Optimising organisational practices for digital success

Considering the challenges faced by numerous organisations in achieving their digital objectives and goals, we look beyond the technology to the people at the heart of driving measurable change. In this blog post, our Principal Systems Engineer, Kristian Jones dives into how improving organisational team structure can optimise business practices and deliver continuous and sustainable results.

How to improve organisational structure

Utilising Conway’s Law to Your Advantage

Conway’s law, often referenced in software development environments, holds valuable insights that extend beyond system design to various organisations and their team constructs. Understanding the correlation between organisational structure and solution development is essential for successful outcomes.

"Organizations which design systems are constrained to produce designs which are copies of the communication structures of these organisations"


In-depth, Conway suggests that solutions built in misalignment with organisational structures are prone to issues. For instance, consider whether your team members have appropriate access to perform critical tasks for project success, or are they relying on another team to carry out those tasks? An issue could arise if your team lacks access to crucial tasks necessary for project success. Let’s say you have three teams working on different project components. In this case, the integration of these individual components may be desired. However, alternatively, a solution to mitigate this issue would be to apply the “inverse Conway maneuver,” which involves reshaping teams to align with the desired architecture. Some organisations have even physically separated teams to achieve the required architecture.

Powerful teams are cohesive units, with individuals collaborating effectively to achieve desired outcomes. Teams typically progress through Bruce Tuckman’s five stages: 

  • Forming
  • Storming
  • Norming
  • Performing 
  • Adjourning

Any changes to a team without due consideration of integration and alignment to common goals can lead to a decline in output. Optimising team output requires keeping teams in the performing stage for as long as possible. 

Team size is also debated, with effective teams often consisting of 7-9 individuals*, allowing for efficient communication paths, Amazon identifies the ideal team size ‘small enough to be fed by two pizzas’!  Typically larger teams increase the complexity of acting as a cohesive unit.

Exploring Four Fundamental Team Topologies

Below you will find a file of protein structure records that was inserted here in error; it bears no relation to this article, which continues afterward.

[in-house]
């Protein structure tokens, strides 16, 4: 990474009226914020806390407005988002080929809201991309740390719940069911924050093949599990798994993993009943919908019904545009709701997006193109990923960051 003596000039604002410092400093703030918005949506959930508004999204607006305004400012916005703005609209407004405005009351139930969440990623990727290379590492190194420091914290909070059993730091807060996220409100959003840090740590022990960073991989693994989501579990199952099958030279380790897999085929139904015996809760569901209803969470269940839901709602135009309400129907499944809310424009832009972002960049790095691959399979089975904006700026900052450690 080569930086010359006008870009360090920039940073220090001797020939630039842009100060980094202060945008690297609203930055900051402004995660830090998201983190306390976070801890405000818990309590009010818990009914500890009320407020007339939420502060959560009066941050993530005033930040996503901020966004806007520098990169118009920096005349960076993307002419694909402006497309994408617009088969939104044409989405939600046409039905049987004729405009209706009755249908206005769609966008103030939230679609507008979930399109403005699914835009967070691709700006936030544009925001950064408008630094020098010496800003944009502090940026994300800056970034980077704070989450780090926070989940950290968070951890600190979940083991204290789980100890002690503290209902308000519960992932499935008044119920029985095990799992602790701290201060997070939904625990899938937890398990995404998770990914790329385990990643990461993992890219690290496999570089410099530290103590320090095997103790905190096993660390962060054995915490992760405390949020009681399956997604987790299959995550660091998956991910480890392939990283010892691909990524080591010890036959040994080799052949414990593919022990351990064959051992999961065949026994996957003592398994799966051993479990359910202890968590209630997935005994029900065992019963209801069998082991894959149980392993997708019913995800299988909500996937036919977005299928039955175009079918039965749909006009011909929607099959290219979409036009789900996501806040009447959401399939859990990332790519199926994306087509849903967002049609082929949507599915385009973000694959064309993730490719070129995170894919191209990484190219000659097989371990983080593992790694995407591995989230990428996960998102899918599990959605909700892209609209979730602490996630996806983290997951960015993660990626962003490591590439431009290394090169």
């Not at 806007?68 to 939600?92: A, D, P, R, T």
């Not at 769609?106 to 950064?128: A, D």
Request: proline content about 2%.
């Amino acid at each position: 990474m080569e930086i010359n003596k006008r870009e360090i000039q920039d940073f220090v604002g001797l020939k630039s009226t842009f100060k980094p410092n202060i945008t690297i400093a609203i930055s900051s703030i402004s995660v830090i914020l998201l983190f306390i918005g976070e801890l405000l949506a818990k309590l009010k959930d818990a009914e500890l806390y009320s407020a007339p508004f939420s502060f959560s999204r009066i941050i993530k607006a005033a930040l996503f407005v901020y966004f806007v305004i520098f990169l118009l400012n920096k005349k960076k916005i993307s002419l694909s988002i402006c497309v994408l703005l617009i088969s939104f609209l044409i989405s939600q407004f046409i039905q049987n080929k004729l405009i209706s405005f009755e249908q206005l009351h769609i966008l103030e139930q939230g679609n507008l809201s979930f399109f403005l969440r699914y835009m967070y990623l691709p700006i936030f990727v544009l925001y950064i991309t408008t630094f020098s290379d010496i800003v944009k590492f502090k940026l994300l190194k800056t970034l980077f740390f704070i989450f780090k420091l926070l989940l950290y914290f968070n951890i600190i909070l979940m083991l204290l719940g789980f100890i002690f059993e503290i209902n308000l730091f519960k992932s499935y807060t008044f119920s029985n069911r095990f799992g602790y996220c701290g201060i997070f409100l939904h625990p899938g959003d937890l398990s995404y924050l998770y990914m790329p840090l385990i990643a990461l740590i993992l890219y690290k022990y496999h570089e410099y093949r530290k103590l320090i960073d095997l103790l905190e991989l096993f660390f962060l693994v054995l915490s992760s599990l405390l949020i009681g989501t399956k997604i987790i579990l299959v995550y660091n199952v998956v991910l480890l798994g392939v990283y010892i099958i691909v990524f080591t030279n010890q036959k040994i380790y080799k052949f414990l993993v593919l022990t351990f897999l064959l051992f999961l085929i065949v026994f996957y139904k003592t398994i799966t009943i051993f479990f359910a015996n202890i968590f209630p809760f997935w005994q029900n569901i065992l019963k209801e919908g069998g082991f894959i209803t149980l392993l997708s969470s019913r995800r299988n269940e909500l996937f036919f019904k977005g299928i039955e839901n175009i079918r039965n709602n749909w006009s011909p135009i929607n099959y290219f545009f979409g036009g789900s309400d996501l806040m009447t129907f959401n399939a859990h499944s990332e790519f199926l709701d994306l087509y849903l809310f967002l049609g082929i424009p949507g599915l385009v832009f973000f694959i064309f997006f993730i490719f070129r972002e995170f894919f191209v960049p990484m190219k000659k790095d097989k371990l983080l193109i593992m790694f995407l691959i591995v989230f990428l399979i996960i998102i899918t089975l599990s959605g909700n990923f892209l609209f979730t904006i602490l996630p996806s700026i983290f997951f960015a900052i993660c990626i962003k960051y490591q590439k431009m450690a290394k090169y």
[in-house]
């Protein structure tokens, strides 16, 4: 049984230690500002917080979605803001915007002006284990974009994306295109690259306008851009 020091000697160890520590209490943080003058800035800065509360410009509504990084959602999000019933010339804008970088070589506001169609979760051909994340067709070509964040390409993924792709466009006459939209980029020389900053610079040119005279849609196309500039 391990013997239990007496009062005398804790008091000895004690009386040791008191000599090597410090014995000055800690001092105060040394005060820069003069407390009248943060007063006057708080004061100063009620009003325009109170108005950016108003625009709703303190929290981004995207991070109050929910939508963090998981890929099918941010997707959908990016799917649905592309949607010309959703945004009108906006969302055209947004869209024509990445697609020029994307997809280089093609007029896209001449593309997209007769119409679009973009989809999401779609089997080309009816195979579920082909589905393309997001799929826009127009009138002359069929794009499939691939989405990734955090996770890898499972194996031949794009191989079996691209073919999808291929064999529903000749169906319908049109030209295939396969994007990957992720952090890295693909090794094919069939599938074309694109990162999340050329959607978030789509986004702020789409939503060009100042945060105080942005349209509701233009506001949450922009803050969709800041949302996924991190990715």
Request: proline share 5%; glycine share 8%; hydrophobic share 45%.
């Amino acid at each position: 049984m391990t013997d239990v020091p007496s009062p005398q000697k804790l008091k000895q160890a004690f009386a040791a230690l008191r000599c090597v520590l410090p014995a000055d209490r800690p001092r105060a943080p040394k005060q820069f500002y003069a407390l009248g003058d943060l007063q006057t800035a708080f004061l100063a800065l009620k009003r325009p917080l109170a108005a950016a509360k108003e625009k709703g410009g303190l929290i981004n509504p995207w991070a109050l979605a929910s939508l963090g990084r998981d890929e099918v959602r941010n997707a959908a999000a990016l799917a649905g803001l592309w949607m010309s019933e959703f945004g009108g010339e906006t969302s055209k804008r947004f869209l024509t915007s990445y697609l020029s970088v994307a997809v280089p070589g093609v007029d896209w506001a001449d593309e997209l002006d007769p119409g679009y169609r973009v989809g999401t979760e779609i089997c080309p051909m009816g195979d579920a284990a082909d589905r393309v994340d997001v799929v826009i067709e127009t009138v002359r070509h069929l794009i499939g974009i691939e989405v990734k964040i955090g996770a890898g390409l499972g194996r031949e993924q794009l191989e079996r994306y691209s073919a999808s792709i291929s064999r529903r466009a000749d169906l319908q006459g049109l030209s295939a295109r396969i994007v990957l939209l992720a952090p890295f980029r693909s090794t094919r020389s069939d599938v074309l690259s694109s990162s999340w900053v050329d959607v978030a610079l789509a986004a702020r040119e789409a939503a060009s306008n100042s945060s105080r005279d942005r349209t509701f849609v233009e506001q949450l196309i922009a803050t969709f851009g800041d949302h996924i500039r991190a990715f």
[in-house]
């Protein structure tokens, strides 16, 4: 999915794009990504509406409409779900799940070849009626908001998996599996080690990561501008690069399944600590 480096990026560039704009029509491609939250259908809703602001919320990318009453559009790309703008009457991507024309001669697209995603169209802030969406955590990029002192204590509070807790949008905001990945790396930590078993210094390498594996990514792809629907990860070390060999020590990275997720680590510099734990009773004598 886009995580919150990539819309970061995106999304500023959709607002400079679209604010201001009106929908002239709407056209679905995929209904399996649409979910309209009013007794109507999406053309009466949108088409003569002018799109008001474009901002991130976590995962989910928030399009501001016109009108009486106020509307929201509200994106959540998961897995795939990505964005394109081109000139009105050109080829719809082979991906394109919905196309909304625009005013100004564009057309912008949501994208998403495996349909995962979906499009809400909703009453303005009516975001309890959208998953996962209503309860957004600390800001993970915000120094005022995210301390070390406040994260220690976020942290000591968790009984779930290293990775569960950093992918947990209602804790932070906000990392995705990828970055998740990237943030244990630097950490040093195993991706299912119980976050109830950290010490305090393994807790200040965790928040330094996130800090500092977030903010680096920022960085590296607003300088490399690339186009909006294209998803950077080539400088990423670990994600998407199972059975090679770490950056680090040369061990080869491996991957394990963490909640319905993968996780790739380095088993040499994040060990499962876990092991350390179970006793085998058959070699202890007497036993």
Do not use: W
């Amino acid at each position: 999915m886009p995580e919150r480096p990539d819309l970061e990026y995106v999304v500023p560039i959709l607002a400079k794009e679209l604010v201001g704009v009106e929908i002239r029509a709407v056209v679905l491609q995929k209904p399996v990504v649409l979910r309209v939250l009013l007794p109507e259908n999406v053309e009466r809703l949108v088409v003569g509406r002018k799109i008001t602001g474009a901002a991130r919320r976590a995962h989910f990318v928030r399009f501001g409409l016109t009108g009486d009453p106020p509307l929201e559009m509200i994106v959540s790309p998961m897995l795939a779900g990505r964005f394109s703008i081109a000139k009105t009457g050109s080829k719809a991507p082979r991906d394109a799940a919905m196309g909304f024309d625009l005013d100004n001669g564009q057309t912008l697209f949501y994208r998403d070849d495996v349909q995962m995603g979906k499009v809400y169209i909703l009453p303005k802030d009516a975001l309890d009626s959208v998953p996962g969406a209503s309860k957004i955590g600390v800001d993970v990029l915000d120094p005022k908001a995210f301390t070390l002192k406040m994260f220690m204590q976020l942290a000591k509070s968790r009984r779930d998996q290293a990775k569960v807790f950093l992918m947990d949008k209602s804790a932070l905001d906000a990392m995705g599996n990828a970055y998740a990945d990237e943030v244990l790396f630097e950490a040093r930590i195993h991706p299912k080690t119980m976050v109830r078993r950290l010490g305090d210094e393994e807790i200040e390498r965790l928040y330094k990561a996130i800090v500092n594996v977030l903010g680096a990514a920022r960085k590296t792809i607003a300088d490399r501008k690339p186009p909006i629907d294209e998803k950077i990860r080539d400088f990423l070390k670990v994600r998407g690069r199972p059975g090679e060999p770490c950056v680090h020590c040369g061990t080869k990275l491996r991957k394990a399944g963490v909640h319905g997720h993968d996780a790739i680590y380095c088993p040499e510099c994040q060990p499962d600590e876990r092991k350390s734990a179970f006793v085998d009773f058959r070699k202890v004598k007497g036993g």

Image credit: Yoan-thirion

Matthew Skelton and Manuel Pais* outline four main types of teams within organisations:

  • Stream-aligned teams: These teams are typically the primary workforce aligned with specific streams of work, such as product development.
  • Enabling teams: Comprising specialists who provide support and assistance to stream-aligned teams.
  • Complicated subsystem teams: These teams focus on developing and maintaining complex subsystems, relieving the cognitive load on stream-aligned teams. The work produced by these teams is often of higher quality compared to that of the stream-aligned teams themselves.
  • Platform teams: These teams have gained popularity and specialise in developing internal tools and products that enhance the performance of stream-aligned teams.

Each team type typically interacts with other in different ways such as:  

  • Facilitation: Enabling teams typically facilitate other teams, usually involving working with other teams to help them solve a problem.
  • X-As-A-Service: Platform teams typically provide services to teams ‘as a service’.and usually in the form of documentation instead of close collaboration. This allows platform teams to build a platform for many teams without being overburdened by the amount of communication paths with every team.
  • Collaboration: Typically short-term intensive collaboration with another team. This is typically used by complicated subsystem teams and once the subsystem is matured then it’s typically just maintenance. Collaboration can be used by other team types for short-term goals, e.g. a platform team building a new platform and working closely with a single team for discovery of requirements. While collaboration can foster intensive short-term cooperation, it should be used sparingly due to increased cognitive load on teams.